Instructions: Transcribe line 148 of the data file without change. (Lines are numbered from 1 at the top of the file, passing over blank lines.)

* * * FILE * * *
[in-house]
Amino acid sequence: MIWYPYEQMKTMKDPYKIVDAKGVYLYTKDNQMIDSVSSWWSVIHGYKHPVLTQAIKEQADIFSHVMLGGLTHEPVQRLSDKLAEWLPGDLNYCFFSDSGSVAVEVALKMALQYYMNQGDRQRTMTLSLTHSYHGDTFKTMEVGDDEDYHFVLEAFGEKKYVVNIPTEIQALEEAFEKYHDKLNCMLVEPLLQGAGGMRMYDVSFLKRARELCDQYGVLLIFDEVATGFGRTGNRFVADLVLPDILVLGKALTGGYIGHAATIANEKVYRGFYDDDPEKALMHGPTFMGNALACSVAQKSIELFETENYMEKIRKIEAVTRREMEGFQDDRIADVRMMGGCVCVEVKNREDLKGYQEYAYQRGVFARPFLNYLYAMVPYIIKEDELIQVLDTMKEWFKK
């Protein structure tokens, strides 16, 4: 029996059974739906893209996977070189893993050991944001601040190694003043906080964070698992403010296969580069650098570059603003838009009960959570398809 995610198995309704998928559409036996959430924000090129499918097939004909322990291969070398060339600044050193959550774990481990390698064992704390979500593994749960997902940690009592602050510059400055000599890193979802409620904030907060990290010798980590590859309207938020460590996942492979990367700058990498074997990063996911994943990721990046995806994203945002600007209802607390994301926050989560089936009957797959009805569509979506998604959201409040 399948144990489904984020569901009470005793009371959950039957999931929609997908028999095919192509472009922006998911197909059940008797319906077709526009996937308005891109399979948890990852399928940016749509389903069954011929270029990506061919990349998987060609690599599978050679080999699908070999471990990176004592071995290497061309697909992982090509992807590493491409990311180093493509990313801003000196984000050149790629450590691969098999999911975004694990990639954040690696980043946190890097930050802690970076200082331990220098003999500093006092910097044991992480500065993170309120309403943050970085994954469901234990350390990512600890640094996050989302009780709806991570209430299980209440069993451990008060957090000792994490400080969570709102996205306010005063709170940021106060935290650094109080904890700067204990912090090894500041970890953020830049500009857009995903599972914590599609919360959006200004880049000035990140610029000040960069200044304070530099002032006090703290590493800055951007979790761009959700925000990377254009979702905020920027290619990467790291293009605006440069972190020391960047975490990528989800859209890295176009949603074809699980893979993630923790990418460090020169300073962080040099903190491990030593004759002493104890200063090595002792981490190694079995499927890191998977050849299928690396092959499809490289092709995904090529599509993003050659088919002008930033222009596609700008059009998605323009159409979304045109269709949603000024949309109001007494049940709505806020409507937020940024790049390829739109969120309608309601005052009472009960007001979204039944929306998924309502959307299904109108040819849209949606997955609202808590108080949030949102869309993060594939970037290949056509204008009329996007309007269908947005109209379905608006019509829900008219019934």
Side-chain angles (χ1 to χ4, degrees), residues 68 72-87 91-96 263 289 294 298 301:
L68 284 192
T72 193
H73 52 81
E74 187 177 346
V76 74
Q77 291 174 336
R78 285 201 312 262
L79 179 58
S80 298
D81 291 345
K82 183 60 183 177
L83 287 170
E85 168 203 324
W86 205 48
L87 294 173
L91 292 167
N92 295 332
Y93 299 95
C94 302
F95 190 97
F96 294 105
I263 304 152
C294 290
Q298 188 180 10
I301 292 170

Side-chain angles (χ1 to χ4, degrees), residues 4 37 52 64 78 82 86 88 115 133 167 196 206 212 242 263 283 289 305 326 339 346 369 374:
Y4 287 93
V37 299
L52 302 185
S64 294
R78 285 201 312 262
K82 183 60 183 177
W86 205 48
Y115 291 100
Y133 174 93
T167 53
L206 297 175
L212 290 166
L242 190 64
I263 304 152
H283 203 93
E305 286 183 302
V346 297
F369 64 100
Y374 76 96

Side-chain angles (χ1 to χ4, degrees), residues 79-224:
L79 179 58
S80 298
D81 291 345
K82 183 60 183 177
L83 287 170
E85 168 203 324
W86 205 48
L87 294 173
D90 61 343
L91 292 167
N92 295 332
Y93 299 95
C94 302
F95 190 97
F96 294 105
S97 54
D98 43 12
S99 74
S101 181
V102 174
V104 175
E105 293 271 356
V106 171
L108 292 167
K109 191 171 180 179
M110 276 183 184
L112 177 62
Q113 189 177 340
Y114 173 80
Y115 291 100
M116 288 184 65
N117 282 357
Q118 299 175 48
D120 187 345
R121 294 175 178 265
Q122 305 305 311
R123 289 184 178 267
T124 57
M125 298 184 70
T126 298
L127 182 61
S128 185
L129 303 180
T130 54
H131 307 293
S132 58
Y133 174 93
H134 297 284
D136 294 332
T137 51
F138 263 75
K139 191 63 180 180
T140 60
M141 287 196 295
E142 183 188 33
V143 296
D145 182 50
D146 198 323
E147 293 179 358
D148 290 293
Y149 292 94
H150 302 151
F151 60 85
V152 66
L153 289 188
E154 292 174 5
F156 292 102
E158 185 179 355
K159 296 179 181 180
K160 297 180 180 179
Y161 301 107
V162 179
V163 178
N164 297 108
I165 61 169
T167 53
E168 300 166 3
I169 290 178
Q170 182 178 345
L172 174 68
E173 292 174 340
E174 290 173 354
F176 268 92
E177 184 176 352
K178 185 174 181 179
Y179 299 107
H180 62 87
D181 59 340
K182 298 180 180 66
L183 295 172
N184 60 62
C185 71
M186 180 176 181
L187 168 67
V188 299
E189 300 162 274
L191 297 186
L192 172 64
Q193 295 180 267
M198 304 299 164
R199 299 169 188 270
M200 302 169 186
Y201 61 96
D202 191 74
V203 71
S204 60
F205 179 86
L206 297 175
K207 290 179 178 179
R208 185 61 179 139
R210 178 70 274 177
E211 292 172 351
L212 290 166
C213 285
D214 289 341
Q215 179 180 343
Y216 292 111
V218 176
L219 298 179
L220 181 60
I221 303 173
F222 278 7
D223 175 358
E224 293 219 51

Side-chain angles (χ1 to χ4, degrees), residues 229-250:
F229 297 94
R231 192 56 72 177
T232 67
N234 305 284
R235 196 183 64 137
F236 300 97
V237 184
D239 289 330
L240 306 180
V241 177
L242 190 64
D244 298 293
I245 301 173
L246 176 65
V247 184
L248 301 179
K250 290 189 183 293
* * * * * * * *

L192 172 64